Traveling into the Pilbara


A week ago we left the turquoise waters of the Ningaloo Reef and drove inland, into the Pilbara, a region in Australia’s northwest that is more than 400,000 square kilometres. 

I wasn’t prepared for the beauty of this varied landscape, so different from anything I’ve ever seen.  Tufts of spinifex grass, golden yellow in the late afternoon light, dot the red earth.  Sometimes it’s flat and desolate; other times there are rolling hills, or plateaued red mountains.  We drove past mines and Aboriginal communities. 

Driving in the Pilbara

We drove and drove and camped by the side of the road near the banks of a dried-up river bed, where the girls collected iron ore rocks, smoothed by running water during the wet season.  All the rivers and creeks that we passed over were dry.

Iron Ore Feet

The next day we drove some more and finally arrived at Karijini National Park.  The traditional owners of this park are the Banyjima, Yinhawangka and Kurrama people, who have been here for over 30, 000 years.  It’s places like this  that remind me how odd it is that Australia’s national anthem begins, “Australians let us all rejoice, for we are young and free” when Australia is home to the longest continuous culture on earth.

This park was the highlight of our trip thus far.  It’s filled with dramatic red gorges that lead down to cool, green fresh water pools: perfect swimming holes.  In summer, the temperatures can get above 50 C (over 122 F).  But now in “winter”, it’s only 29 (84 F). 

On our third day we walked down the steep descent into Hancock Gorge and arrived at a place where we had to walk with water up to our shoulders.  And that was the easy bit! 

Hancock Gorge

Then there was the narrow Spider Walk where we climbed over running water with hands and feet on either sides of the narrow gorge.  At the end, we got to Kermit’s, a green pool, cooled by the shade, and plunged into the cold water.  K did the Spider Walk twice, the second time with no hands.

Spider Walk, Hancock Gorge

We spent four amazing days in Karajini, camped in a lovely bush setting with no wind and hardly any flies!  Our neighbours were a freindly young couple, who came over for drinks one evening.  Shane was an electrician, luckilly; he fixed the connection between our solar panels and the batteries used to power our fridge and lights.  Thanks Shane!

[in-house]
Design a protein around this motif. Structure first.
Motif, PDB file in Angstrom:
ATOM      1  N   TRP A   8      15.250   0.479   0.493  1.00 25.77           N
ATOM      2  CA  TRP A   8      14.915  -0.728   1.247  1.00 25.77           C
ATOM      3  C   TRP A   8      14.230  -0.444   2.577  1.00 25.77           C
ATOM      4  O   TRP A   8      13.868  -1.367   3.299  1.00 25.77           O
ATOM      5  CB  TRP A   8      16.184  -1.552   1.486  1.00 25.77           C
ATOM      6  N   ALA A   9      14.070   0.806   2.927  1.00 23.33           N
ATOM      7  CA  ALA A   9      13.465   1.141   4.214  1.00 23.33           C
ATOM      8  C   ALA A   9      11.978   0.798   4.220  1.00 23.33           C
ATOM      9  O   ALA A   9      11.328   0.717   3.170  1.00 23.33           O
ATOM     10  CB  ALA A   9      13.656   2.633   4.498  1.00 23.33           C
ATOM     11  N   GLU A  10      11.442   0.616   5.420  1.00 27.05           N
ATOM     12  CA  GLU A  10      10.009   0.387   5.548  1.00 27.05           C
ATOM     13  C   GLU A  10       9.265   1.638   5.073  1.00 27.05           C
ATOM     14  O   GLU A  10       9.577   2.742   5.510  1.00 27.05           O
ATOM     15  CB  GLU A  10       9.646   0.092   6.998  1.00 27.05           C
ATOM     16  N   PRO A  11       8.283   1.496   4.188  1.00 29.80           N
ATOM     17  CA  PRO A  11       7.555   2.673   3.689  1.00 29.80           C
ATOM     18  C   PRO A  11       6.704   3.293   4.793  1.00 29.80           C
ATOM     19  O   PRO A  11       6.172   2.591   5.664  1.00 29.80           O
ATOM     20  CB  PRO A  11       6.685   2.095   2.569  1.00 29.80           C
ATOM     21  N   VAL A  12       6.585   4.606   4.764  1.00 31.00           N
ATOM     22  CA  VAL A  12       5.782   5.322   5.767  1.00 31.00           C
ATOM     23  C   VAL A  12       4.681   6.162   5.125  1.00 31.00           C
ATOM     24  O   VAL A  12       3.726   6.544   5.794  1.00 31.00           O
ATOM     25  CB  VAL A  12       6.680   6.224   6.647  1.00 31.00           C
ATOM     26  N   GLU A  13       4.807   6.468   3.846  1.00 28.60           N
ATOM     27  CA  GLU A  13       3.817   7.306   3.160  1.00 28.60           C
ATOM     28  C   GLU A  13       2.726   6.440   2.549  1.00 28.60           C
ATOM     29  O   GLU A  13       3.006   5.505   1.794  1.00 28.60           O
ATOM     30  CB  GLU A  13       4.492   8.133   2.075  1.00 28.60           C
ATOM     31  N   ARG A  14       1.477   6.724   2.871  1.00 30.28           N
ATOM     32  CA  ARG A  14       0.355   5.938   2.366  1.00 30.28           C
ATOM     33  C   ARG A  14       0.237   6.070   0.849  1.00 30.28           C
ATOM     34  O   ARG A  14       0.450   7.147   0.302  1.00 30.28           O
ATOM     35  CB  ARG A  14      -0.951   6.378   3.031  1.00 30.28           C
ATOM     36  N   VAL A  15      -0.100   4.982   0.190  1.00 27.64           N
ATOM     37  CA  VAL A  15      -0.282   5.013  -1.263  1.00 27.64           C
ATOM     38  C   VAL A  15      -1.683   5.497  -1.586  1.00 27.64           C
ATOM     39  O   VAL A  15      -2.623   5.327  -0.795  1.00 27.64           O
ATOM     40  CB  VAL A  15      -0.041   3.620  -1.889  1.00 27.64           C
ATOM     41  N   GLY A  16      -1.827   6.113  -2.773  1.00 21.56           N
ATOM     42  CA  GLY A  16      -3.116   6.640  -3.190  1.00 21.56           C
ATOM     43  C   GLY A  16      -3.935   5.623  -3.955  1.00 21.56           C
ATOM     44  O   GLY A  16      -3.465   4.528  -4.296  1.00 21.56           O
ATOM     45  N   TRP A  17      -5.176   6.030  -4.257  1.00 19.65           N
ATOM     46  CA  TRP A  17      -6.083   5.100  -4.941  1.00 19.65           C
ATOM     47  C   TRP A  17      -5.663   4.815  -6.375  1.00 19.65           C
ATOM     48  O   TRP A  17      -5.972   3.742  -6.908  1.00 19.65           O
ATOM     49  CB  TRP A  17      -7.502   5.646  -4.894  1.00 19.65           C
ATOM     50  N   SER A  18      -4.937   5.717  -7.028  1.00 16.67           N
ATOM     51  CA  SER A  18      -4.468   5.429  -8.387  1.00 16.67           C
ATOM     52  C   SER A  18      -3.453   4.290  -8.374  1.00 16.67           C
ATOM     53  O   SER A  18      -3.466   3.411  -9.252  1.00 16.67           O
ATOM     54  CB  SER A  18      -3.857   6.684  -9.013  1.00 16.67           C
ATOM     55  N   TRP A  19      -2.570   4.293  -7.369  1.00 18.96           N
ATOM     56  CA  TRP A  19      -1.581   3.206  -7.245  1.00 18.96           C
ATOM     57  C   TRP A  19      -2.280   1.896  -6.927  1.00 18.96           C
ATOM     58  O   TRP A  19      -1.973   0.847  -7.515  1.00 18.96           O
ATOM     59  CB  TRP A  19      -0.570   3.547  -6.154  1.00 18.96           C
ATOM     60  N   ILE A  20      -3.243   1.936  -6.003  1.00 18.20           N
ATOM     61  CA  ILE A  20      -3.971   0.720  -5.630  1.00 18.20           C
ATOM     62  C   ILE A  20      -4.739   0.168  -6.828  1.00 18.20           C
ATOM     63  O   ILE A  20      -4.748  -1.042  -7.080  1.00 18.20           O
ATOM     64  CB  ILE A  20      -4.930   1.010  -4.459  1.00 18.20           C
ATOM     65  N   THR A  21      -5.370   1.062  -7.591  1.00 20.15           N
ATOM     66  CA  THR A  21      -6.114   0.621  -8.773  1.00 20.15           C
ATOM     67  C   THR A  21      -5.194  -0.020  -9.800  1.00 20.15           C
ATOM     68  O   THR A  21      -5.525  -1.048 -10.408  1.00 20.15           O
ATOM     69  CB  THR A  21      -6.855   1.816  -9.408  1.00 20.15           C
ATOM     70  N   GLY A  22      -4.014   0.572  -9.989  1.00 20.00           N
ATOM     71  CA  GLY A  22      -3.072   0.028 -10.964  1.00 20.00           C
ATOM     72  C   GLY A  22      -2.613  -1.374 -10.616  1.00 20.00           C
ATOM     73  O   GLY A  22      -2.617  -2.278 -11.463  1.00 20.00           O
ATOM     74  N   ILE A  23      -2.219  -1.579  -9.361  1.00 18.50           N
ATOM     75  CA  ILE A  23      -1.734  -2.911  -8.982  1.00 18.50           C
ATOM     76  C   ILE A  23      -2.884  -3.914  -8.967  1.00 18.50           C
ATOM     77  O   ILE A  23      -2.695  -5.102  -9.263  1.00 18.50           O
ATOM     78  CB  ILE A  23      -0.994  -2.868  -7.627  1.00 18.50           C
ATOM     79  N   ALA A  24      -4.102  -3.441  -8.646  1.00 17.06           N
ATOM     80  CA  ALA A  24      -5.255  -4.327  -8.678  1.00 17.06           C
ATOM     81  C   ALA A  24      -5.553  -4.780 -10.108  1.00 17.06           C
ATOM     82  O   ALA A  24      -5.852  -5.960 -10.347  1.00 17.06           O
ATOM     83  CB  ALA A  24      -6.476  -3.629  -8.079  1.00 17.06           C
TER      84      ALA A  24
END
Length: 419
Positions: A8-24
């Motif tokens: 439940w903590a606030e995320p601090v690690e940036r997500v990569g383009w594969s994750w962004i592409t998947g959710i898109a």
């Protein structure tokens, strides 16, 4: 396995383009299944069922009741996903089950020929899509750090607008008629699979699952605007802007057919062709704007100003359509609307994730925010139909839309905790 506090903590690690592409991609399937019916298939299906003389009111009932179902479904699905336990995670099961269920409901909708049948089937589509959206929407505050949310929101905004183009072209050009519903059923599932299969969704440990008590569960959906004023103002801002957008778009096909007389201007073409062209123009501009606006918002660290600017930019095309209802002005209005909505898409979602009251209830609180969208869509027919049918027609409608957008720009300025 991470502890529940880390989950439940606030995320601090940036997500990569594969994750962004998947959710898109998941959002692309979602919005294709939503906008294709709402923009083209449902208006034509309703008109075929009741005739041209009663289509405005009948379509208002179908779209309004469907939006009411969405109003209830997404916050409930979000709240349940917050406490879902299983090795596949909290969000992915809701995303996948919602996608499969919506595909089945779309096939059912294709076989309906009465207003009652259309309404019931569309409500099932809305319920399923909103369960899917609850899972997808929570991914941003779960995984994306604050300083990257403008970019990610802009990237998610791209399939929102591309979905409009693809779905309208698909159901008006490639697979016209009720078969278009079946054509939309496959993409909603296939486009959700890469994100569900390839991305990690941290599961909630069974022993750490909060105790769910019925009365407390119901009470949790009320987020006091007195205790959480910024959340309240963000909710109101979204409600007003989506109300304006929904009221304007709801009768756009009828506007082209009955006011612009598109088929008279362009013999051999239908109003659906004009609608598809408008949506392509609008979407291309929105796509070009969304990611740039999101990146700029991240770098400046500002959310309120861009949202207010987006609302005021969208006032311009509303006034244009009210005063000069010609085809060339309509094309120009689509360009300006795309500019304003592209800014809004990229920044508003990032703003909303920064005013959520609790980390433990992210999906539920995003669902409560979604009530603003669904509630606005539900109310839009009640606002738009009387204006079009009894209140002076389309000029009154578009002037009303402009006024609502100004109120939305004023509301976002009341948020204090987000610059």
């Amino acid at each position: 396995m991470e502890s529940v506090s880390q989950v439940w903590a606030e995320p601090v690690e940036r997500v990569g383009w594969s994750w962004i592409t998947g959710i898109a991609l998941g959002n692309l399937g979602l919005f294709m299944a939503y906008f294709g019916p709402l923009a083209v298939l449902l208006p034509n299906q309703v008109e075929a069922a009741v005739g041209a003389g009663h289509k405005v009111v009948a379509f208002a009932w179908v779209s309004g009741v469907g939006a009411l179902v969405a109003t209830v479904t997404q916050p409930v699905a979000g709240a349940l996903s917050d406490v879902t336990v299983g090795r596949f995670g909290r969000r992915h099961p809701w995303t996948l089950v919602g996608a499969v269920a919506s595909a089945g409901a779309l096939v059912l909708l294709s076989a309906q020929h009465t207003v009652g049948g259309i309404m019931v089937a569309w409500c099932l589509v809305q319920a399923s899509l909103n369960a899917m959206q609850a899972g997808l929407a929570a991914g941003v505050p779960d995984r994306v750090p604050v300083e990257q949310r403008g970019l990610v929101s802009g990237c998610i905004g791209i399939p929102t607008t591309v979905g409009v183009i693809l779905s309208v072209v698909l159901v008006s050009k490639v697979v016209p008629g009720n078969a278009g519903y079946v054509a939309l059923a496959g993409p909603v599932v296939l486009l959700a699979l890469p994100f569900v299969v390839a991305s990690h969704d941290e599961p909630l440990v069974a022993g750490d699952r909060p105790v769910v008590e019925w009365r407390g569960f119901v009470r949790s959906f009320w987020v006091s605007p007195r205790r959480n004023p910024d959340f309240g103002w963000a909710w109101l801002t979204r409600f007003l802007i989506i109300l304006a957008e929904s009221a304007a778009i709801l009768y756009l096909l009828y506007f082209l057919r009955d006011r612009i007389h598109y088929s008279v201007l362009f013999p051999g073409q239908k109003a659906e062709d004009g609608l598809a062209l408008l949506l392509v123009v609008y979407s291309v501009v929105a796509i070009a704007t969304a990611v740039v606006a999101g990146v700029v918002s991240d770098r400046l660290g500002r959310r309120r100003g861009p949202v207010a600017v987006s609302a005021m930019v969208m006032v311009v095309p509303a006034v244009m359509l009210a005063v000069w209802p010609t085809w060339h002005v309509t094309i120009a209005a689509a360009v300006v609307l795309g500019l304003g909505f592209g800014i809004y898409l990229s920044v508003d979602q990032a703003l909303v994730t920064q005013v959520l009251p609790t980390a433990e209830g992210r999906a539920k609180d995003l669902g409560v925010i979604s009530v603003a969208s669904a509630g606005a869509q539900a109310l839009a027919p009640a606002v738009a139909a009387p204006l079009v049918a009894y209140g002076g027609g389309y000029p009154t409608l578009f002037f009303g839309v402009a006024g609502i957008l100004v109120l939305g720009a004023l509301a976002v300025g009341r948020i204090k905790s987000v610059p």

Another highlight was swimming at the idyllic Fern Pool with pygmy perch who nibble at your toes, black bats hanging from the trees above and loud squawking corellas flying overhead.  The pool is cool, but the waterfalls feeding the pool come off the hot rocks and they’re warm, creating a natural shower.

The walk to Circular Pool
The perfect swimming hole: R at Fern Pool

Next, it’s on to the mining town of Newman, to visit a Welsh friend.

Author: sarahklenbort

I'm a Brisbane-based writer and mother of two children--one deaf and one hearing. I'm also a sessional academic at the University of Queensland, where I teach literature and creative writing. In 2016, my husband and I took the kids out of school and travelled around Australia with a camper trailer, visiting deaf schools along the way. When we found Toowong State School, it was so good, we decided to move to Queensland! We still have the trailer and take off for the bush whenever we can.

2 thoughts on “Traveling into the Pilbara”

  1. Hi Sarah and family, that landscape reminds me of my childhood as I spent 5 years in Karratha that’s not far from where you are and we used to do a lot of camping, forget about washing that red dust of your clothes. All the way up to the kimberley its a beutiful place of this land. Safe trip


  2. A different kind of adventure away from the coast. I think it’s beautiful. Wish I was there but this is the next best thing. Taking any videos? No pressure! And is the green Kermit pool named after the frog or the other way around? Or just a coincidence?


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